Use this URL to cite or link to this record in EThOS: http://ethos.bl.uk/OrderDetails.do?uin=uk.bl.ethos.416331
Title: Molecular analysis of the fly circadian clock
Author: Garner, Karen
Awarding Body: University of Leicester
Current Institution: University of Leicester
Date of Award: 2005
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Abstract:
I have investigated the co-evolutionary divergence of two central circadian clock genes; period (per) and timeless (tim). The molecular components of the clock were derived from a common ancestor in higher eukaryotes, so that closely related species possess homologous genes and mechanisms. By substituting a clock gene from one species into another closely related one, it is probable that the clock will still be able to function to some degree because it maintains its interactions with other clock proteins. Previous behavioural analysis of Drosophila melanogaster per01 transfromants carrying a single copy of the, Musca domestica per gene, revealed a successful rescue of rhymicity, plus Musca - specific circadian phenotypes were transferred to the transformants. I have generated a series of M. domestica / D. melanogaster chimeric per transgenes and transformed them into a per-null background, in an attempt to define the regions of the per gene which give species-specific patterns of behaviour.;To further understand how PER and TIM interact via the PAS domain of PER, I have used an Evolutionary Trace procedure to predict functionally important residues of the PASA region. I have generated a number of PAS mutations based on the results of this bioinformatics analysis and studied the effect of these mutations on PER-TIM interactions using both the yeast two-hybrid system and for nuclear transport and retention in Schneider 2 cells.;Finally I have focused on TIM and its interaction with Drosophila Axin (dAxin), a protein that was originally discovered in the wingless pathway. dAxin is known to facilitate the phosphorylation and subsequent degradation of ARM (protein product of the armadillo gene). dAxin does this by acting as a scaffold between ARM and the serine-threonine kinase SGG (protein product of the shaggy gene). SGG has been shown to phosphorylate TIM, promoting nuclear localization.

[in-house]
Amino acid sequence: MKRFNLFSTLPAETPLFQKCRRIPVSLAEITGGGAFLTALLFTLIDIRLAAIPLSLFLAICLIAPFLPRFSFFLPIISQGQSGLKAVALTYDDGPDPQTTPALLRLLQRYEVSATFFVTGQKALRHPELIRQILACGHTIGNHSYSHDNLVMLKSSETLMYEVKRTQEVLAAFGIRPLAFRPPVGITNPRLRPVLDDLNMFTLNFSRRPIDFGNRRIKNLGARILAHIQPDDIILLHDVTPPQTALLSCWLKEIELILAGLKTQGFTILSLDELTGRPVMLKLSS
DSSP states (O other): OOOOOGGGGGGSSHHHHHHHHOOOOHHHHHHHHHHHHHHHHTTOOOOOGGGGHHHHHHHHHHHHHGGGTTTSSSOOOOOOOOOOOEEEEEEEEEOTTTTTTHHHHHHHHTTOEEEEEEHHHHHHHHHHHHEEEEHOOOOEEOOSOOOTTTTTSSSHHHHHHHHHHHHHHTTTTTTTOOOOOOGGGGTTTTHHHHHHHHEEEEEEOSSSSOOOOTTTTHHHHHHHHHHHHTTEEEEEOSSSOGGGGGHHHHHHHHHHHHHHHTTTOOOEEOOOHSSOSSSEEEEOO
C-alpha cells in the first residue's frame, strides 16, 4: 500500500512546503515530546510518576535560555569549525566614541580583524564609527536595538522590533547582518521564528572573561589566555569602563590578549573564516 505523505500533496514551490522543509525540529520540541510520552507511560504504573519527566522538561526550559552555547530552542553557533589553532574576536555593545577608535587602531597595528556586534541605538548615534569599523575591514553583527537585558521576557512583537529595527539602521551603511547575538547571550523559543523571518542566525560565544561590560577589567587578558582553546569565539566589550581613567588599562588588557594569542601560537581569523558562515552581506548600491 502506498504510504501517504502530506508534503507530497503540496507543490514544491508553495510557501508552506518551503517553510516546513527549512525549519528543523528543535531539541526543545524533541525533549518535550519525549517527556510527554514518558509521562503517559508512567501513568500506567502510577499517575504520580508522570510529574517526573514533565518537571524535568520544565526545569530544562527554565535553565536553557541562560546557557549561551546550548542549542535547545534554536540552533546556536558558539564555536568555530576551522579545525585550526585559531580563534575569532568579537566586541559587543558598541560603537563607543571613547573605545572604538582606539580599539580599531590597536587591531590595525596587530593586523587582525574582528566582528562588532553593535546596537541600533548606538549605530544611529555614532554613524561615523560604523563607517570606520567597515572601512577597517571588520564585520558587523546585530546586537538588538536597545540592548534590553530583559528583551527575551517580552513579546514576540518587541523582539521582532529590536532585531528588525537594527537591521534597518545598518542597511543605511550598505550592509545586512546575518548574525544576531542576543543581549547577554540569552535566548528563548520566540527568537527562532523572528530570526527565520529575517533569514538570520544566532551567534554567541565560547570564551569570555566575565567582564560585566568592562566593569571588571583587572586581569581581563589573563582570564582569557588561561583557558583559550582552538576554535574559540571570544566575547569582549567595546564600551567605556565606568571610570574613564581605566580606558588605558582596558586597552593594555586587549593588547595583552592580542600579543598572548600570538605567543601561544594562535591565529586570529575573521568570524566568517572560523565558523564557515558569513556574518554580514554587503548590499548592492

Supervisor: Not available Sponsor: Not available
Qualification Name: Thesis (Ph.D.) Qualification Level: Doctoral
EThOS ID: uk.bl.ethos.416331  DOI: Not available
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